Outcome of melanoma patients with elevated LDH treated with first-line targeted therapy or PD-1-based immune checkpoint inhibition

Eur J Cancer. 2021 May;148:61-75. doi: 10.1016/j.ejca.2021.01.034. Epub 2021 Mar 15.

Abstract

Background: Elevated lactate dehydrogenase (LDH) is a known predictive and prognostic factor for a poor outcome in patients with metastatic melanoma. It is unclear whether first-line targeted therapy (TT) or immune checkpoint inhibition (ICI) is more beneficial in melanoma patients with elevated LDH because prospective studies in this area are lacking.

Methods: This multicentre retrospective cohort study was conducted at 25 melanoma centres worldwide to analyse progression-free survival (PFS) and overall survival (OS) among melanoma patients with elevated LDH. The role of confounders was addressed by using inverse probability of treatment weighting.

Results: Among 173 BRAFV600-mutant patients, PFS at 12 months in the TT group was 22% compared with 52% in the combined anti-PD-1 and anti-CTLA-4 group (HR 0.6, 95% CI 0.4-1.0, p = 0.07) and 18% in the anti-PD-1 monotherapy group (HR 1.8, 95% CI 1.2-2.8, p = 0.003). Twelve months' OS was 48% in the TT group compared with 83% in the combined anti-PD-1 and anti-CTLA-4 group (HR 0.5, 95% CI 0.3-1.0, p = 0.03) and 50% in the anti-PD-1 monotherapy group (HR 1.2, 95% CI 0.8-2.0, p = 0.37). The ORR in the TT group was 63%, compared with 55% and 20% in the combined anti-PD-1 and anti-CTLA-4 and anti-PD-1 monotherapy group, respectively. Among 314 patients receiving ICI first-line, PFS at 12 months was 33% in the anti-PD-1 group versus 38% in the combined anti-PD-1 and anti-CTLA-4 group (HR 0.8, 95% CI 0.6-1.0; p = 0.07). OS at 12 months was 54% in the anti-PD-1 group versus 66% in the combined ICI group (HR 0.7, 95% CI 0.5-1.0; p = 0.03). The ORR was 30% in the anti-PD-1 monotherapy group and 43% in the combined anti-PD-1 and anti-CTLA-4 group. Results from multivariate analysis confirmed the absence of qualitative confounding.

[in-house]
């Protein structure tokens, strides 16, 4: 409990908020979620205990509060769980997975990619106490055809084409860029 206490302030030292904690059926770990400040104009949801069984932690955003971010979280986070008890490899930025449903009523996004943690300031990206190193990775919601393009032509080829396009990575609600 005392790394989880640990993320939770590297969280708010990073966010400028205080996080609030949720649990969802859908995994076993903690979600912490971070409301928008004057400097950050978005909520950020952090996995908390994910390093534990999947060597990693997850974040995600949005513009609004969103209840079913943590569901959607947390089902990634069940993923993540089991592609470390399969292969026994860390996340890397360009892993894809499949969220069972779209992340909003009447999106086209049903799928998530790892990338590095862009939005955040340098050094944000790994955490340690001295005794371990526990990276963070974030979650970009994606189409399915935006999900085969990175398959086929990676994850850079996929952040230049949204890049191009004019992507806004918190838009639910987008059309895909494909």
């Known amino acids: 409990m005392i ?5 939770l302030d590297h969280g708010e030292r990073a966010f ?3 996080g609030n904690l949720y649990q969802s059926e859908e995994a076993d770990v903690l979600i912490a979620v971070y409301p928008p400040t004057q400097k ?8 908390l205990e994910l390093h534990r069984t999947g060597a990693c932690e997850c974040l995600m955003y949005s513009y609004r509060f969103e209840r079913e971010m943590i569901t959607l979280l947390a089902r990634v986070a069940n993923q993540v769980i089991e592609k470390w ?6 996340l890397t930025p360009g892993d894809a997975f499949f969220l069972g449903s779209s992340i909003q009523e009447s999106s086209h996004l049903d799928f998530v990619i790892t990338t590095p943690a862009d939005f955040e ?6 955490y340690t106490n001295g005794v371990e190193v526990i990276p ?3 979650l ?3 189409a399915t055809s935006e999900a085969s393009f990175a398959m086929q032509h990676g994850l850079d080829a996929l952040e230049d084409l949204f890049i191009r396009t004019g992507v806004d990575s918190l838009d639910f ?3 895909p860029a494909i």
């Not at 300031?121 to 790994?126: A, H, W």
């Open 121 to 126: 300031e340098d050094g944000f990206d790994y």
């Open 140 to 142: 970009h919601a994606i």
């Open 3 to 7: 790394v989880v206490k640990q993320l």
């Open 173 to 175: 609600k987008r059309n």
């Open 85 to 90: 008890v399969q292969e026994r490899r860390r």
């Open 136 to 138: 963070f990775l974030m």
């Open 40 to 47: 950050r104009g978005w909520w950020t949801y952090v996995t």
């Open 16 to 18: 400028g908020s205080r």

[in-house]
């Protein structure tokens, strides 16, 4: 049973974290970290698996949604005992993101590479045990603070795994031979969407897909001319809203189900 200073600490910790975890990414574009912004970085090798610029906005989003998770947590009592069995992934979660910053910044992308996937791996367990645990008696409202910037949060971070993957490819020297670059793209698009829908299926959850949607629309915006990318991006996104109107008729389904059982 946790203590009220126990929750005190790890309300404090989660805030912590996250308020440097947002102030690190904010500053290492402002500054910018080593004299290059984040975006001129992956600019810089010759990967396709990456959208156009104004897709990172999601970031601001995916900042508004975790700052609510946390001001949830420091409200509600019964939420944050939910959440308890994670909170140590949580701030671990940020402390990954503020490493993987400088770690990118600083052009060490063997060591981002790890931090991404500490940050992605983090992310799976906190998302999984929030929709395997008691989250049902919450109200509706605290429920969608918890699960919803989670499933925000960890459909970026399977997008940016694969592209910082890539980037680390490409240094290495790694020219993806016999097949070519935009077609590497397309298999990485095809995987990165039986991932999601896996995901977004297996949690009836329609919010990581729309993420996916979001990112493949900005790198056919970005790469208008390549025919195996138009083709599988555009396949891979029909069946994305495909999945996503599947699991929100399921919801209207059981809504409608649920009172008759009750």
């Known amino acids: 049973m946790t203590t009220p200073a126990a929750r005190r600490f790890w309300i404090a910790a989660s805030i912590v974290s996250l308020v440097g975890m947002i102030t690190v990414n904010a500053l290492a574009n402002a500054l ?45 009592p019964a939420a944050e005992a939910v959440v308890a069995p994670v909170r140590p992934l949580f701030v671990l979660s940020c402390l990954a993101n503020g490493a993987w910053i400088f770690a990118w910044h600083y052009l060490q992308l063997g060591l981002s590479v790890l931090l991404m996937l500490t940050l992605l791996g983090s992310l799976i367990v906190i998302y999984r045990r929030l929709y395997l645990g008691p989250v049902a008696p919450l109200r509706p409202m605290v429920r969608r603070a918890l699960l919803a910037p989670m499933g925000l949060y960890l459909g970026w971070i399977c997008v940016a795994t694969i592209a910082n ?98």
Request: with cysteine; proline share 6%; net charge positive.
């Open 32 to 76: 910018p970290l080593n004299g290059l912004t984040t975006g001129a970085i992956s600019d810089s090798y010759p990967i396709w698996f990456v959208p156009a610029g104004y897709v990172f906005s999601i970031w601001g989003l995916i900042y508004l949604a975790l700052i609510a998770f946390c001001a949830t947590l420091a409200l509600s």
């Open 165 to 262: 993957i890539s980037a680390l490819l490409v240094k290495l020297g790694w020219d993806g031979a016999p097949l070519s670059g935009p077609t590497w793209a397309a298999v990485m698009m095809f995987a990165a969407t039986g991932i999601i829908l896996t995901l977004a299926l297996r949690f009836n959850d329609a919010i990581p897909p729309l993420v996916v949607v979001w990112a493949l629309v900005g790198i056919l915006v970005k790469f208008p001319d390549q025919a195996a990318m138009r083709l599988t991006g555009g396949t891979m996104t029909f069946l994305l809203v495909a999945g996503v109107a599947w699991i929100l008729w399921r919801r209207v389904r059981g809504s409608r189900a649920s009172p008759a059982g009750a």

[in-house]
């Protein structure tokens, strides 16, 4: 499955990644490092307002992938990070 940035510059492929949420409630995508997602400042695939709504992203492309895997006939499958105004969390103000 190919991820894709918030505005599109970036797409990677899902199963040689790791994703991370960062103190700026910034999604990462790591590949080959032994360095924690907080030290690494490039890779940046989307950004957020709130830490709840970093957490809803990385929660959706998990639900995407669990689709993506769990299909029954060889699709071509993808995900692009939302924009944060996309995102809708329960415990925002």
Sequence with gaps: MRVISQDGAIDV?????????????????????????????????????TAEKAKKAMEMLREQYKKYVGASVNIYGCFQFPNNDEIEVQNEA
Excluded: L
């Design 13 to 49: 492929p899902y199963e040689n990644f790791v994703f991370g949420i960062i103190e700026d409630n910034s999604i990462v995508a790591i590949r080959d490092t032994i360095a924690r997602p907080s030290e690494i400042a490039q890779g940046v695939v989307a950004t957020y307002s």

Conclusions: Among BRAF-mutant patients with elevated LDH, combined anti-PD-1 and anti-CTLA-4 blockade seems to be associated with prolonged OS compared with first-line TT. Among patients receiving ICI as a first-line treatment, OS appears to be longer for the combination of anti-PD-1 and anti-CTLA-4 than for anti-PD-1 alone.

Keywords: CTLA-4; Immune checkpoint inhibition; LDH; Melanoma; PD-1; Progression; Response; Survival; Targeted therapy.